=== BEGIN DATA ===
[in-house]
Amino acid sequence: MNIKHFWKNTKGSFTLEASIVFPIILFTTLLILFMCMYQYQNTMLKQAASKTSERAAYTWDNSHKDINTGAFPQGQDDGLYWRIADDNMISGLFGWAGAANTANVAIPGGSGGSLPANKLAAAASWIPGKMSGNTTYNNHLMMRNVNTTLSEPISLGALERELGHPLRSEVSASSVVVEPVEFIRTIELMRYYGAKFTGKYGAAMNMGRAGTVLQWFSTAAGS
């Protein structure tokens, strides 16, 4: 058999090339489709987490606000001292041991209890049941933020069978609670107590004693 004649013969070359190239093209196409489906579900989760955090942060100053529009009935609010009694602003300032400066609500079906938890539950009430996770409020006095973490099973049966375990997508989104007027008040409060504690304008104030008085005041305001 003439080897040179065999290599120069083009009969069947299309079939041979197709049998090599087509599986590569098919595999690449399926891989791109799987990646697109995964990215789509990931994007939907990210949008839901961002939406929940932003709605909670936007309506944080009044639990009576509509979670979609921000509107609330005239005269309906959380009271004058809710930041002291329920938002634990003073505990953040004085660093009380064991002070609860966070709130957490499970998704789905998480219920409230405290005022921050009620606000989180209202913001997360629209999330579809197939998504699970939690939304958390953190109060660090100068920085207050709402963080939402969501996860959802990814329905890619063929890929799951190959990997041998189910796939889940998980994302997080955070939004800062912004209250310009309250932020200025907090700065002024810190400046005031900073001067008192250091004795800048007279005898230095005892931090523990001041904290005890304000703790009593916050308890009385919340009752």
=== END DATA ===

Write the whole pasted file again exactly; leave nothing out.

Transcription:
[in-house]
Amino acid sequence: MNIKHFWKNTKGSFTLEASIVFPIILFTTLLILFMCMYQYQNTMLKQAASKTSERAAYTWDNSHKDINTGAFPQGQDDGLYWRIADDNMISGLFGWAGAANTANVAIPGGSGGSLPANKLAAAASWIPGKMSGNTTYNNHLMMRNVNTTLSEPISLGALERELGHPLRSEVSASSVVVEPVEFIRTIELMRYYGAKFTGKYGAAMNMGRAGTVLQWFSTAAGS
């Protein structure tokens, strides 16, 4: 058999090339489709987490606000001292041991209890049941933020069978609670107590004693 004649013969070359190239093209196409489906579900989760955090942060100053529009009935609010009694602003300032400066609500079906938890539950009430996770409020006095973490099973049966375990997508989104007027008040409060504690304008104030008085005041305001 003439080897040179065999290599120069083009009969069947299309079939041979197709049998090599087509599986590569098919595999690449399926891989791109799987990646697109995964990215789509990931994007939907990210949008839901961002939406929940932003709605909670936007309506944080009044639990009576509509979670979609921000509107609330005239005269309906959380009271004058809710930041002291329920938002634990003073505990953040004085660093009380064991002070609860966070709130957490499970998704789905998480219920409230405290005022921050009620606000989180209202913001997360629209999330579809197939998504699970939690939304958390953190109060660090100068920085207050709402963080939402969501996860959802990814329905890619063929890929799951190959990997041998189910796939889940998980994302997080955070939004800062912004209250310009309250932020200025907090700065002024810190400046005031900073001067008192250091004795800048007279005898230095005892931090523990001041904290005890304000703790009593916050308890009385919340009752």